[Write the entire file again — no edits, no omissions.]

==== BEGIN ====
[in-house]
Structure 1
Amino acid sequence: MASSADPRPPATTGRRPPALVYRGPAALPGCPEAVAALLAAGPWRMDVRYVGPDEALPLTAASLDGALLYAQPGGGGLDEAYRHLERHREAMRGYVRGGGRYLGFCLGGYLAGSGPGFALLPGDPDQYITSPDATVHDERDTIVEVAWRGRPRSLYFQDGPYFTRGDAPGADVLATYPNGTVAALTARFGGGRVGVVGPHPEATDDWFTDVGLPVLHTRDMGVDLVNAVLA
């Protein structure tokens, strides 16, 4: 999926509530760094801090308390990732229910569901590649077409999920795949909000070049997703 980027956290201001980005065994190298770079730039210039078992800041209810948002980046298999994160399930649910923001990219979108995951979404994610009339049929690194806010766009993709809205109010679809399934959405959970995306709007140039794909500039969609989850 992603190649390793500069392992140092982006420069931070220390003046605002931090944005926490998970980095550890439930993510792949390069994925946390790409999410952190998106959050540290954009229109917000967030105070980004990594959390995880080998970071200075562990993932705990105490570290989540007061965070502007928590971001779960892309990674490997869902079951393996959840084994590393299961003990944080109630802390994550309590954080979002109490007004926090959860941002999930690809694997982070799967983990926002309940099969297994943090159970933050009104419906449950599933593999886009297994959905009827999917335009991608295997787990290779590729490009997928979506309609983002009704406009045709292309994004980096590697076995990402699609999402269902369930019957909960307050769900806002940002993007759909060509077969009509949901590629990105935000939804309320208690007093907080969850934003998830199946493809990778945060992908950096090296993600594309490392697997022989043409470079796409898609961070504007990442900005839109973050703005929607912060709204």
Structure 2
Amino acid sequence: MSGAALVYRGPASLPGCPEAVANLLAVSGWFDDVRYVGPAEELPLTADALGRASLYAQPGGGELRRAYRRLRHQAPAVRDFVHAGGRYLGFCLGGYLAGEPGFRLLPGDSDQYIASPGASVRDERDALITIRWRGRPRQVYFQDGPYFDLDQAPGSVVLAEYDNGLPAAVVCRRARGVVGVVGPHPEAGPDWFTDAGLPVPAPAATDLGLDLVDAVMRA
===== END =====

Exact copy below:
[in-house]
Structure 1
Amino acid sequence: MASSADPRPPATTGRRPPALVYRGPAALPGCPEAVAALLAAGPWRMDVRYVGPDEALPLTAASLDGALLYAQPGGGGLDEAYRHLERHREAMRGYVRGGGRYLGFCLGGYLAGSGPGFALLPGDPDQYITSPDATVHDERDTIVEVAWRGRPRSLYFQDGPYFTRGDAPGADVLATYPNGTVAALTARFGGGRVGVVGPHPEATDDWFTDVGLPVLHTRDMGVDLVNAVLA
């Protein structure tokens, strides 16, 4: 999926509530760094801090308390990732229910569901590649077409999920795949909000070049997703 980027956290201001980005065994190298770079730039210039078992800041209810948002980046298999994160399930649910923001990219979108995951979404994610009339049929690194806010766009993709809205109010679809399934959405959970995306709007140039794909500039969609989850 992603190649390793500069392992140092982006420069931070220390003046605002931090944005926490998970980095550890439930993510792949390069994925946390790409999410952190998106959050540290954009229109917000967030105070980004990594959390995880080998970071200075562990993932705990105490570290989540007061965070502007928590971001779960892309990674490997869902079951393996959840084994590393299961003990944080109630802390994550309590954080979002109490007004926090959860941002999930690809694997982070799967983990926002309940099969297994943090159970933050009104419906449950599933593999886009297994959905009827999917335009991608295997787990290779590729490009997928979506309609983002009704406009045709292309994004980096590697076995990402699609999402269902369930019957909960307050769900806002940002993007759909060509077969009509949901590629990105935000939804309320208690007093907080969850934003998830199946493809990778945060992908950096090296993600594309490392697997022989043409470079796409898609961070504007990442900005839109973050703005929607912060709204």
Structure 2
Amino acid sequence: MSGAALVYRGPASLPGCPEAVANLLAVSGWFDDVRYVGPAEELPLTADALGRASLYAQPGGGELRRAYRRLRHQAPAVRDFVHAGGRYLGFCLGGYLAGEPGFRLLPGDSDQYIASPGASVRDERDALITIRWRGRPRQVYFQDGPYFDLDQAPGSVVLAEYDNGLPAAVVCRRARGVVGVVGPHPEAGPDWFTDAGLPVPAPAATDLGLDLVDAVMRA